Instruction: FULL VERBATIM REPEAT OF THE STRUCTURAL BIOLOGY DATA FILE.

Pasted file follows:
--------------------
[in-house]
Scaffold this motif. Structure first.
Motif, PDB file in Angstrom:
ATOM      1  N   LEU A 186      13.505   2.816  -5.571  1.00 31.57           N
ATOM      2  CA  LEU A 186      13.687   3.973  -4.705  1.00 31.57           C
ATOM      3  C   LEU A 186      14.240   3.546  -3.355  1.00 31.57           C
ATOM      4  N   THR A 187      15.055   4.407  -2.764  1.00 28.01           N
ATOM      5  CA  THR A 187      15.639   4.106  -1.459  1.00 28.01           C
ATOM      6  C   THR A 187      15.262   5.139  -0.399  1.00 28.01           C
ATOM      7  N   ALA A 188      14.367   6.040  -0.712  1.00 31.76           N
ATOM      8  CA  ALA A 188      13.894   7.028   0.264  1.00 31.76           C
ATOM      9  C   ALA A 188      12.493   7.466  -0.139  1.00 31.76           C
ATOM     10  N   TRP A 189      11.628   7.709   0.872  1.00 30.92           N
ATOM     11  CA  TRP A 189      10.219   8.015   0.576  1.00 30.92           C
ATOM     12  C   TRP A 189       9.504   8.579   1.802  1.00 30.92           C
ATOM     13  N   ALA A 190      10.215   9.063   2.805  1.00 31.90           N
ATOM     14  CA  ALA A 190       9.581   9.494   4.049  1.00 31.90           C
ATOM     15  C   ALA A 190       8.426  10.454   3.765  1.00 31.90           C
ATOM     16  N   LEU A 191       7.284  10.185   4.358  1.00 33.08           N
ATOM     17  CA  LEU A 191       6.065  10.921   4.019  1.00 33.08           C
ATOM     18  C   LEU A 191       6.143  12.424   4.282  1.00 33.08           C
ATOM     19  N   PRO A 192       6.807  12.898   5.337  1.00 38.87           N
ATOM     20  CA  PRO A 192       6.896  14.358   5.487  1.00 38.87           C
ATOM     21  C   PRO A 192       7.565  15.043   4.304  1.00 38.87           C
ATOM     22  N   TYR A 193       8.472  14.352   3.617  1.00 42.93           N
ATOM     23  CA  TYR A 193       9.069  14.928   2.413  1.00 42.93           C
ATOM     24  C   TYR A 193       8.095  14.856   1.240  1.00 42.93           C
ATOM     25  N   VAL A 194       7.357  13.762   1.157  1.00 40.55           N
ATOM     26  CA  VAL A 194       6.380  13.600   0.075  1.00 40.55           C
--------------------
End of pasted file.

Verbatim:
[in-house]
Scaffold this motif. Structure first.
Motif, PDB file in Angstrom:
ATOM      1  N   LEU A 186      13.505   2.816  -5.571  1.00 31.57           N
ATOM      2  CA  LEU A 186      13.687   3.973  -4.705  1.00 31.57           C
ATOM      3  C   LEU A 186      14.240   3.546  -3.355  1.00 31.57           C
ATOM      4  N   THR A 187      15.055   4.407  -2.764  1.00 28.01           N
ATOM      5  CA  THR A 187      15.639   4.106  -1.459  1.00 28.01           C
ATOM      6  C   THR A 187      15.262   5.139  -0.399  1.00 28.01           C
ATOM      7  N   ALA A 188      14.367   6.040  -0.712  1.00 31.76           N
ATOM      8  CA  ALA A 188      13.894   7.028   0.264  1.00 31.76           C
ATOM      9  C   ALA A 188      12.493   7.466  -0.139  1.00 31.76           C
ATOM     10  N   TRP A 189      11.628   7.709   0.872  1.00 30.92           N
ATOM     11  CA  TRP A 189      10.219   8.015   0.576  1.00 30.92           C
ATOM     12  C   TRP A 189       9.504   8.579   1.802  1.00 30.92           C
ATOM     13  N   ALA A 190      10.215   9.063   2.805  1.00 31.90           N
ATOM     14  CA  ALA A 190       9.581   9.494   4.049  1.00 31.90           C
ATOM     15  C   ALA A 190       8.426  10.454   3.765  1.00 31.90           C
ATOM     16  N   LEU A 191       7.284  10.185   4.358  1.00 33.08           N
ATOM     17  CA  LEU A 191       6.065  10.921   4.019  1.00 33.08           C
ATOM     18  C   LEU A 191       6.143  12.424   4.282  1.00 33.08           C
ATOM     19  N   PRO A 192       6.807  12.898   5.337  1.00 38.87           N
ATOM     20  CA  PRO A 192       6.896  14.358   5.487  1.00 38.87           C
ATOM     21  C   PRO A 192       7.565  15.043   4.304  1.00 38.87           C
ATOM     22  N   TYR A 193       8.472  14.352   3.617  1.00 42.93           N
ATOM     23  CA  TYR A 193       9.069  14.928   2.413  1.00 42.93           C
ATOM     24  C   TYR A 193       8.095  14.856   1.240  1.00 42.93           C
ATOM     25  N   VAL A 194       7.357  13.762   1.157  1.00 40.55           N
ATOM     26  CA  VAL A 194       6.380  13.600   0.075  1.00 40.55           C